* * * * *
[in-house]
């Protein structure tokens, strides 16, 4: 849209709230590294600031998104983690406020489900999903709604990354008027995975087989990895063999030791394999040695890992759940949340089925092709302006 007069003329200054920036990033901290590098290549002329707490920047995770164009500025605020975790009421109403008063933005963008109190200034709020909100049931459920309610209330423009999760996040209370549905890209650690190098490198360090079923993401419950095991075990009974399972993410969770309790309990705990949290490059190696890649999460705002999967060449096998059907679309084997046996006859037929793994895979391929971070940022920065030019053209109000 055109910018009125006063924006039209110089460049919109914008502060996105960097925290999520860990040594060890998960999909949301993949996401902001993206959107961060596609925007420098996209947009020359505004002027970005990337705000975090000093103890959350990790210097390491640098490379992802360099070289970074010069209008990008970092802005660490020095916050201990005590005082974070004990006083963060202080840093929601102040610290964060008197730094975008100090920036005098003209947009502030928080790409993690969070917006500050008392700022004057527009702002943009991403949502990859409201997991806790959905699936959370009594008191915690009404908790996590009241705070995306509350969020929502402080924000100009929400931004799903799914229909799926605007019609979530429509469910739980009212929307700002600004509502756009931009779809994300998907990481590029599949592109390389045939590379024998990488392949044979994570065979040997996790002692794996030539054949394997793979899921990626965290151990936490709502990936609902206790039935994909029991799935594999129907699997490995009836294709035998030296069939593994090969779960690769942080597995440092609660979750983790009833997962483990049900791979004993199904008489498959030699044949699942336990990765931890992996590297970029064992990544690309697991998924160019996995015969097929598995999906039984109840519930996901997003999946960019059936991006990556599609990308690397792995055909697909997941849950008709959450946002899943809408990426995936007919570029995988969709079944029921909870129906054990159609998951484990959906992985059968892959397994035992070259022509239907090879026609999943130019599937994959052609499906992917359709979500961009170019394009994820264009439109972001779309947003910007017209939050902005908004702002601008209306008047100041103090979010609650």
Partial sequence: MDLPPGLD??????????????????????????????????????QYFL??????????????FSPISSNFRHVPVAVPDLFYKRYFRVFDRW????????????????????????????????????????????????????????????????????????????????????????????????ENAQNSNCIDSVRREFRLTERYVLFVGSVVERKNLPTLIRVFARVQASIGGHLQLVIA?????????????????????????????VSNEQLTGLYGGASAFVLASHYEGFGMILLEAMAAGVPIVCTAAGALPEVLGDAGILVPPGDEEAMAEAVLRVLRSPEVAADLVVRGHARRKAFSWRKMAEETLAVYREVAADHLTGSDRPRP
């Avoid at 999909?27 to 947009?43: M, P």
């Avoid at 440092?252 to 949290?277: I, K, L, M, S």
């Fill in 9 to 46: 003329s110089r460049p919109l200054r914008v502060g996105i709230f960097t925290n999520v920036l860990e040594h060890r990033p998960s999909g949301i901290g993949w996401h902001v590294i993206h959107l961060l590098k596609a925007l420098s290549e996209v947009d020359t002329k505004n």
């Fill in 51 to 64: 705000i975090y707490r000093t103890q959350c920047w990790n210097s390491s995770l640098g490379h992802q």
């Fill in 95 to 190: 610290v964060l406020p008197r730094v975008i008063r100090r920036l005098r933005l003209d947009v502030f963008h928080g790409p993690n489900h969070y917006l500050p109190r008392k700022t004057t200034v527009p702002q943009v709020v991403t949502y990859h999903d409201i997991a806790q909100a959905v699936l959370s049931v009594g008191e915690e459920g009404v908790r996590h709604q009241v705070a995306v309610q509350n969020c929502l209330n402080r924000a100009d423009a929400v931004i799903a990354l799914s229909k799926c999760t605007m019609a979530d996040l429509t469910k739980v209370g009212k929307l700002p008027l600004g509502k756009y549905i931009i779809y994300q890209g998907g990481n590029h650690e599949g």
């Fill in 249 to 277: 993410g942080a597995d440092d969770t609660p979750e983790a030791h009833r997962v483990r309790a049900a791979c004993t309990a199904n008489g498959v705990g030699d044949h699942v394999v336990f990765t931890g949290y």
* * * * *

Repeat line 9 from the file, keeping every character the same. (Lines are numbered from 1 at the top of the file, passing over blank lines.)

């Fill in 249 to 277: 993410g942080a597995d440092d969770t609660p979750e983790a030791h009833r997962v483990r309790a049900a791979c004993t309990a199904n008489g498959v705990g030699d044949h699942v394999v336990f990765t931890g949290y």